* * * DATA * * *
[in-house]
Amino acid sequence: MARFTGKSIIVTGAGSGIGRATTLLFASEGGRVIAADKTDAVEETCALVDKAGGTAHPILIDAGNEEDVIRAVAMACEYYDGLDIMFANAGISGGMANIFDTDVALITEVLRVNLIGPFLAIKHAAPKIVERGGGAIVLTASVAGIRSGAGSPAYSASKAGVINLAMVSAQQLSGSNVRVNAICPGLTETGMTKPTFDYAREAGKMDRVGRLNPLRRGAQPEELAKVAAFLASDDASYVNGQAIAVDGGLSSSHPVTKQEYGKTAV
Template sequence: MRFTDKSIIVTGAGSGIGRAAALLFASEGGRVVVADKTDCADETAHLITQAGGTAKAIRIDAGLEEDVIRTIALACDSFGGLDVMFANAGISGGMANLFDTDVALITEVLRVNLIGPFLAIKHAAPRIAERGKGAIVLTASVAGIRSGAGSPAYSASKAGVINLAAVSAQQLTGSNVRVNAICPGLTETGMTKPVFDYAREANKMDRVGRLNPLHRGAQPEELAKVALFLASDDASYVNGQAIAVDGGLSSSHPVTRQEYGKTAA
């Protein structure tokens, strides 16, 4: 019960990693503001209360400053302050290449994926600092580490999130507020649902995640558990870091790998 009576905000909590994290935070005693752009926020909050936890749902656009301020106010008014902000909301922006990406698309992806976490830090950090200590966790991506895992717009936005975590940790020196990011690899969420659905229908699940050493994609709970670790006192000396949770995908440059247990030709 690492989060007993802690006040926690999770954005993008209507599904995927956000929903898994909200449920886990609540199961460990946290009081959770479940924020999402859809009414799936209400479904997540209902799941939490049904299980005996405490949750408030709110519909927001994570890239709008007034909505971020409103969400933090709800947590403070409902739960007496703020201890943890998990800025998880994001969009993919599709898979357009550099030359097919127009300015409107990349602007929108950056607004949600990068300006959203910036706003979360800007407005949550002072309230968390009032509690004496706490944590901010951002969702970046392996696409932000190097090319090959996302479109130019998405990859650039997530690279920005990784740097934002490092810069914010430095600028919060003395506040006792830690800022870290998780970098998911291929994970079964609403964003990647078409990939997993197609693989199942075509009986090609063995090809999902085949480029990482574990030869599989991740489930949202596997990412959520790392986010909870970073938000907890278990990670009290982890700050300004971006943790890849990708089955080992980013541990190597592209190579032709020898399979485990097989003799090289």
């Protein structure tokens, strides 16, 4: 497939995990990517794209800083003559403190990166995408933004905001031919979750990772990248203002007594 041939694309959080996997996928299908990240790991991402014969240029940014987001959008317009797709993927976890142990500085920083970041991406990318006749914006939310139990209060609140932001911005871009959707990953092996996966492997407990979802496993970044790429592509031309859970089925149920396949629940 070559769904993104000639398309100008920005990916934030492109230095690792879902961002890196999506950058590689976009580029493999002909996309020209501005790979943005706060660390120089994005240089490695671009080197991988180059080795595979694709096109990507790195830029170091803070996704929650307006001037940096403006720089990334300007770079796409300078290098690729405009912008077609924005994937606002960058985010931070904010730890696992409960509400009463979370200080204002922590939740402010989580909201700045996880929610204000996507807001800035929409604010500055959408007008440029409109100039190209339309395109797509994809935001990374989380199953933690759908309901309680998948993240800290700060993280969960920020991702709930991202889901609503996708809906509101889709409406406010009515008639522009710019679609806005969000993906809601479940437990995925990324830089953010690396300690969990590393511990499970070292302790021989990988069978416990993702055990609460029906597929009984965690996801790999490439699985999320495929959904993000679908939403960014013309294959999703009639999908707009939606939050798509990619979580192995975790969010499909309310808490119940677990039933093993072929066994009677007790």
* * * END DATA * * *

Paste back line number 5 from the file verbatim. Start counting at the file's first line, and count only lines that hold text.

């Protein structure tokens, strides 16, 4: 497939995990990517794209800083003559403190990166995408933004905001031919979750990772990248203002007594 041939694309959080996997996928299908990240790991991402014969240029940014987001959008317009797709993927976890142990500085920083970041991406990318006749914006939310139990209060609140932001911005871009959707990953092996996966492997407990979802496993970044790429592509031309859970089925149920396949629940 070559769904993104000639398309100008920005990916934030492109230095690792879902961002890196999506950058590689976009580029493999002909996309020209501005790979943005706060660390120089994005240089490695671009080197991988180059080795595979694709096109990507790195830029170091803070996704929650307006001037940096403006720089990334300007770079796409300078290098690729405009912008077609924005994937606002960058985010931070904010730890696992409960509400009463979370200080204002922590939740402010989580909201700045996880929610204000996507807001800035929409604010500055959408007008440029409109100039190209339309395109797509994809935001990374989380199953933690759908309901309680998948993240800290700060993280969960920020991702709930991202889901609503996708809906509101889709409406406010009515008639522009710019679609806005969000993906809601479940437990995925990324830089953010690396300690969990590393511990499970070292302790021989990988069978416990993702055990609460029906597929009984965690996801790999490439699985999320495929959904993000679908939403960014013309294959999703009639999908707009939606939050798509990619979580192995975790969010499909309310808490119940677990039933093993072929066994009677007790």